It really does wow on first listen—the cheerful “fa la lanky down dilly” of “Sir Eglamore” leads into the hardly hackneyed “As I Roved Out”. “Jolly Ploughboys” gains momentum as any good work song should, and the sea tale of “Annan Waters” uses pipes and piano to mask the sadness beneath. “Stananivy” is a charming jig paired with a dancing lyric about “Jack & Jill”.
The centerpiece of the album is an original, the heartbreaking “A Rose In April”. Delivered as a dialogue-style ballad, the tragedy unfolds slowly and vividly. As moving as it is, the happier portrait of “Radio Sweethearts” provides a nice lift. If there’s a clunker on the album, it would be “I Am Stretched On Your Grave”, a traditional song given a new melody but partially credited to Sinead O’Connor. “Old Man Time” is another original, and a striking observation from someone so young. “Drowned Lovers” begins with the unmistakable sound of someone tuning their E-string, neatly folded into the rest of the tune. An accordion, not usually our favorite instrument, accompanies “Bold Riley” to the end of the album.
It’s probably not possible to convey just what a pleasant surprise this album was at the time, but even fifteen years later it still has the power to move. Hourglass is simply lovely, and in the spirit of Thanksgiving, I will always be indebted to that customer—whoever she was—who’d special-ordered this.

Kate Rusby Hourglass (1997)—

Monday, November 19, 2012

R.E.M. 19: Live At The Olympia

It’s fairly odd that only two years after their first-ever live album—with only one studio album in between—that R.E.M. would release another. Lest we think they were turning into the Rolling Stones, Live At The Olympia isn’t your typical post-tour souvenir. These two CDs are culled from the series of “live rehearsals” the boys—the three main members, plus drums and another guitar—played in Dublin as they were preparing for the album that would become Accelerate.
Of course, the performances didn’t consist solely of all-new, untried material; the bulk of the CD—two-thirds from the Bill Berry years—provides fresh takes on some of the deeper recesses of their catalog. Ecstatic fans in the audience (and now, listening on their player of choice) are treated to six songs from Reckoning, five from Fables and all but one from the Chronic Town EP. Only Green, Out Of Time and Up go unrepresented. But they’re not carbon copies either—there’s energy behind each song, whether introduced by Stipe with an anecdote or described lovingly in Peter Buck’s liner notes. The sharp-eared will notice a changed family dynamic, with “Gardening At Night” played at the request of longtime advisor Bertis Downs, while all references to “Jefferson” have been removed from “Little America”.
Of course, it’s an album for fans, so while there’s no need to into detail for each old song, a few other details are worth mentioning. “Harborcoat” makes it most of the way unscathed, until the tuneless harmonica sets up a purposely sloppy ending. “Circus Envy” is even a lot of fun, more so than surrounded by all the noise on Monster. And whose idea was it to revive “Romance”?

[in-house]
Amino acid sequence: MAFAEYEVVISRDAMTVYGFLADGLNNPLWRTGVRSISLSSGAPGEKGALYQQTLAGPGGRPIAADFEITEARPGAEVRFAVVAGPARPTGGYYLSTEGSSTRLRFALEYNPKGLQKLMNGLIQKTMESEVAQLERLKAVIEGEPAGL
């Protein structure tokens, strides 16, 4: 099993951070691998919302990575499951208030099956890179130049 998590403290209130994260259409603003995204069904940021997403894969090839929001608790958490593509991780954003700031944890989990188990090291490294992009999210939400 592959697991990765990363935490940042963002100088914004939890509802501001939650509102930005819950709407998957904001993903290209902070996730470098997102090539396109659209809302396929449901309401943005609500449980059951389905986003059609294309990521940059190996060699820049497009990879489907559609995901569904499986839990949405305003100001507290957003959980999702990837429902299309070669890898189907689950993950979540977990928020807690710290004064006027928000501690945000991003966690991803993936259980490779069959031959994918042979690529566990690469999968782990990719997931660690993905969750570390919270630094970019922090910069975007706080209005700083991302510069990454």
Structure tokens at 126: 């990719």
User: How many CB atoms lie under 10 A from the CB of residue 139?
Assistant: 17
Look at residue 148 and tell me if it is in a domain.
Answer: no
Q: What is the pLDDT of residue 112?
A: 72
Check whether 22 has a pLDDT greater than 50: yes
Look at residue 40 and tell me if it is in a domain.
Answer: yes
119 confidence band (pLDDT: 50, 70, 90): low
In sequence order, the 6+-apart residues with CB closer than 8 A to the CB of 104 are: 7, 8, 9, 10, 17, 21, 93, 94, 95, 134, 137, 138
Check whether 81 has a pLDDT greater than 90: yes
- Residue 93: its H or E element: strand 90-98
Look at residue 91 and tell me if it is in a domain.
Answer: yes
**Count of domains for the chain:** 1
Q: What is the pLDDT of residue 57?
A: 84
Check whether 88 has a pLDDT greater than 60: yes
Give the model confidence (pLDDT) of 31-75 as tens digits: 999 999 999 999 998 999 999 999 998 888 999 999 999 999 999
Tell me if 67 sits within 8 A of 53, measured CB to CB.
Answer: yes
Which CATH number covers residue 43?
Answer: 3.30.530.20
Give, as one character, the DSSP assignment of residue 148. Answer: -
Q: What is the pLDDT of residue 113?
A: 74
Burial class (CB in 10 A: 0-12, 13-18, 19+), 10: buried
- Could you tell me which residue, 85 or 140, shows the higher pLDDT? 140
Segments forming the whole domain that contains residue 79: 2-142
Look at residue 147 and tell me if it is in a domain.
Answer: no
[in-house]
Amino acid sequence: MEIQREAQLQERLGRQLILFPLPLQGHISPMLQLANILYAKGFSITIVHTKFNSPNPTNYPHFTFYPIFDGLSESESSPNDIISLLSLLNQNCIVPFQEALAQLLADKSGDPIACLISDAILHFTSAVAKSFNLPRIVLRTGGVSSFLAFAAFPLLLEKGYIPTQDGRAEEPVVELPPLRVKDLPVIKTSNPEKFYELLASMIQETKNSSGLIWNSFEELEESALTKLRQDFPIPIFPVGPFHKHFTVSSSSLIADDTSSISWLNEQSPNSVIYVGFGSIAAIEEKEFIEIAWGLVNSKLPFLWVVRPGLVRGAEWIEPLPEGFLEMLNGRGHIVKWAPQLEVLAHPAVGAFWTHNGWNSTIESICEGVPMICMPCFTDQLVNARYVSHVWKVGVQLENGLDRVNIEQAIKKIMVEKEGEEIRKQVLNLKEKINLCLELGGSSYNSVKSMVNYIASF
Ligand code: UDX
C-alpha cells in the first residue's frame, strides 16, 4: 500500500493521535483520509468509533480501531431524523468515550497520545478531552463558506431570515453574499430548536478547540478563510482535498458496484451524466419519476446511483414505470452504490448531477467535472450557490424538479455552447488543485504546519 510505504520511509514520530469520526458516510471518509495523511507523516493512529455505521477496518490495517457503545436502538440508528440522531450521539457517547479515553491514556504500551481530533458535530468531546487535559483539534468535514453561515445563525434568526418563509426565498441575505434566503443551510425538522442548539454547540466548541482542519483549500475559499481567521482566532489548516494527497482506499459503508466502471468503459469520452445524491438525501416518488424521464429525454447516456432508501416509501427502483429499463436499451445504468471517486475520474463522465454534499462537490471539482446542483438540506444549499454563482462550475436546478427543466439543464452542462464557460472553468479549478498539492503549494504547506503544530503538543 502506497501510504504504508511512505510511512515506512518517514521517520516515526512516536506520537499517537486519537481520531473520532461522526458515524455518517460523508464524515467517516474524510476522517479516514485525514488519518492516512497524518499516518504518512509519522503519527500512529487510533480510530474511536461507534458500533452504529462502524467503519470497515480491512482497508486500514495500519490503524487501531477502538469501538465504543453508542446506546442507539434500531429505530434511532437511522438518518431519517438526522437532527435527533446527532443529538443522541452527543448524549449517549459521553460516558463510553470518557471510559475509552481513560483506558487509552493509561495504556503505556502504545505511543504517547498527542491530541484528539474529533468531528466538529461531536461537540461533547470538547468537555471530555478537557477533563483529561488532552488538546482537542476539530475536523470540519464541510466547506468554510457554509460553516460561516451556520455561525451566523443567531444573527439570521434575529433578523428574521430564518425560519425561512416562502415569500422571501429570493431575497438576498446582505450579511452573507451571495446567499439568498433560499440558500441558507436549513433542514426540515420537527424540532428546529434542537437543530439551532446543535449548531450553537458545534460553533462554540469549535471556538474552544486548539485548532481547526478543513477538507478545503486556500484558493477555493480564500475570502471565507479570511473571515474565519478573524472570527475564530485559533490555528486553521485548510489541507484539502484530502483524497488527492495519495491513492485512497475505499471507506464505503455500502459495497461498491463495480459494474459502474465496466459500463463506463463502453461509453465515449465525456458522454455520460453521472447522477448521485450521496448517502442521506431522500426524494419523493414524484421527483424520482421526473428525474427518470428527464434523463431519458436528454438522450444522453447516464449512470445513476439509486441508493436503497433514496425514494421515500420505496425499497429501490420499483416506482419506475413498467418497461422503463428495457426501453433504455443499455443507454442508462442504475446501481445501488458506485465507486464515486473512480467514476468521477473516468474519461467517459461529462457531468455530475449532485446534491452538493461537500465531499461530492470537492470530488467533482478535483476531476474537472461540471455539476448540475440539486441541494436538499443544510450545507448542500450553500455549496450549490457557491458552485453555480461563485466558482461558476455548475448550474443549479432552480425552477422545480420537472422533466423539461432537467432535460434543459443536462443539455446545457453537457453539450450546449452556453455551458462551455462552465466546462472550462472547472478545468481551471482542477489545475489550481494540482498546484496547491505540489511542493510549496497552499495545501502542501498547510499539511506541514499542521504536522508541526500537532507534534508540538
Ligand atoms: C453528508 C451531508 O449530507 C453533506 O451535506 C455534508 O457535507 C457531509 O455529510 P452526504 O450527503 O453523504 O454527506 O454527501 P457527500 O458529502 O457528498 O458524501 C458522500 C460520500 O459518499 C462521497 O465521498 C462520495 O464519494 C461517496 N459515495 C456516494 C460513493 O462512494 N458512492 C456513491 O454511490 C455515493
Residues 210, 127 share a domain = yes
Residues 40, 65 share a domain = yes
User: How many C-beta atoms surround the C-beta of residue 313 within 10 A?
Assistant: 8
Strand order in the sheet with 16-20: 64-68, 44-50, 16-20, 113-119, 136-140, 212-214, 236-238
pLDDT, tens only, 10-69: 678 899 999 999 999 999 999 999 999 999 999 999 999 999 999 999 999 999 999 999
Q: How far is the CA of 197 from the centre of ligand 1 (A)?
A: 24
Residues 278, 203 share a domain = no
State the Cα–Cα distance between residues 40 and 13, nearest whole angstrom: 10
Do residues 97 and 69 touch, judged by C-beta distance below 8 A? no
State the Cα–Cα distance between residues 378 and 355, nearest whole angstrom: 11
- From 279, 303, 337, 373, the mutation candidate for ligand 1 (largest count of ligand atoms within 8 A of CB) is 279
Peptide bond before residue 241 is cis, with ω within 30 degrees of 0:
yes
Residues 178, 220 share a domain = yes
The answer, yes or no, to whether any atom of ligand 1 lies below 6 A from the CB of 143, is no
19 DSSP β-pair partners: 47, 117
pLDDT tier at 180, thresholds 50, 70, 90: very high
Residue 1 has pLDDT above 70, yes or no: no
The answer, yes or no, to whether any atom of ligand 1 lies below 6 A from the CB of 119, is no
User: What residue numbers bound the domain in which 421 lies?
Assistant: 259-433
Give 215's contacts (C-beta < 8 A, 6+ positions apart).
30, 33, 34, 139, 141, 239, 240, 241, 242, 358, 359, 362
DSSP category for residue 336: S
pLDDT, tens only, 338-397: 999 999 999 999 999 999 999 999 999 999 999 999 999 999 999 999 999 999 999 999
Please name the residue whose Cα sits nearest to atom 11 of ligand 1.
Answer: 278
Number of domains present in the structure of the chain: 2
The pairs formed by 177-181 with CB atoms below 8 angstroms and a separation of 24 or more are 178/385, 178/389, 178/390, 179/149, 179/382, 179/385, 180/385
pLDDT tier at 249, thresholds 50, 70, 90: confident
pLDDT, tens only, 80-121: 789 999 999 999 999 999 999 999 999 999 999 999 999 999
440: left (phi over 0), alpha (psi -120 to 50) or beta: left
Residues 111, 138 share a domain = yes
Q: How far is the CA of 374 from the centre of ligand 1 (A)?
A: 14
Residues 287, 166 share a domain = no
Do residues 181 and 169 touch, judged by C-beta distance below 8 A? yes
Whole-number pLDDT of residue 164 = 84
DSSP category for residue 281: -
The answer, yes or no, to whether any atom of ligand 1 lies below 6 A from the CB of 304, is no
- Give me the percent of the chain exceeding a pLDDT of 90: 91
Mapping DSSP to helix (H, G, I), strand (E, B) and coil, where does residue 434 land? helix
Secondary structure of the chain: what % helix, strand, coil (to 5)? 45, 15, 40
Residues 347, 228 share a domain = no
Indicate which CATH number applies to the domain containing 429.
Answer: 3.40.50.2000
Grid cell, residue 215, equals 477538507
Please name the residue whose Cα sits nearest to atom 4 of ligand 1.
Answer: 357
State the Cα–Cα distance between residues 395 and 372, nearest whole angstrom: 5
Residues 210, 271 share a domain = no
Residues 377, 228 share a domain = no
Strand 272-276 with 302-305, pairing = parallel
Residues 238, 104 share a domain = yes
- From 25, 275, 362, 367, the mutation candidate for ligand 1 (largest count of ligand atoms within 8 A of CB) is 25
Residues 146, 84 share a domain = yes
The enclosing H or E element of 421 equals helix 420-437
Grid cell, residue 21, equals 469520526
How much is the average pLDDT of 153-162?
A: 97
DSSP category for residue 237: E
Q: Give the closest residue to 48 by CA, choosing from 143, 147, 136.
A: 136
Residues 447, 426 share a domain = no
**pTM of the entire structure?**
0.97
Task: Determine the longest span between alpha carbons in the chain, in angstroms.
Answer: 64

Considering the songs that did end up on Accelerate, it’s interesting to consider the other surviving contenders. “Staring Down The Barrel Of The Middle Distance”, fine as it is, wouldn’t have added anything to the album, and “Disguised” turns out to be a an early version of “Supernatural Superserious”, somehow not as tight as the recorded version. The slow and sad “On The Fly” comes from the same cloth as “Country Feedback”, but a little more melodic. There’s a middle interlude that threatens to go somewhere else entirely, but instead folds back to the song. It’s a hidden gem all right, but would have been out of place on the album they completed.
Live At The Olympia ends up a nice little surprise, with 39 songs filling up two-and-a-half hours of music, it’s a preferred listen to the other live album. It also provides a nice setup for the live recordings they’d begun including in the anniversary editions of their back catalog.

R.E.M. Live At The Olympia (2009)—

Friday, November 16, 2012

They Might Be Giants 3: Flood

By the advent of the CD era, Elektra Records had developed into one of those labels that wisely kept releases to a minimum, maintaining a lean roster that kept an eye on the past while taking a few chances on what could be considered college rock (before it evolved into adult alternative). Having seen success with 10,000 Maniacs, the Cure and Tracy Chapman, they signed They Might Be Giants and gave a big push to their third album.
That big-budget backing made Flood something of a hit, a deserved result considering the quality therein. Despite some production assistance and even the use of—gasp!—a real drummer, it’s still a quirky TMBG album, slathered in accordion and wacky samples. Just the way we like it.
After the brief fanfare of an actual theme song, “Birdhouse In Your Soul” is a simple song sung by a nightlight. Some discord occurs in the bridge, but it’s redeemed by the lyrical comparison to a picture of a lighthouse (“I’d be fired if that were my job/After killing Jason off and countless screaming Argonauts”). “Lucky Ball & Chain” is related to Led Zeppelin’s “Hot Dog” both thematically and musically, another lost love song, countered by “Istanbul (Not Constantinople)”, a combination cover and history lesson, here given a very appropriate Eastern accompaniment. “Dead” is another favorite, a rumination on reincarnation or the lack thereof loaded with great rhymes. “Your Racist Friend” is a fairly straight narrative, with any tension deflated by “Particle Man”, a hilarious comparison of fictional superheroes. “Twisting” takes its title from the suggestion in the Farfisa organ riff, and is probably the only end-of-romance song to reference the dBs and the Young Fresh Fellows. The title of “We Want A Rock” would appear to be a pun on a certain Twisted Sister song, but instead becomes a universal yearning for pieces of string and prosthetic foreheads.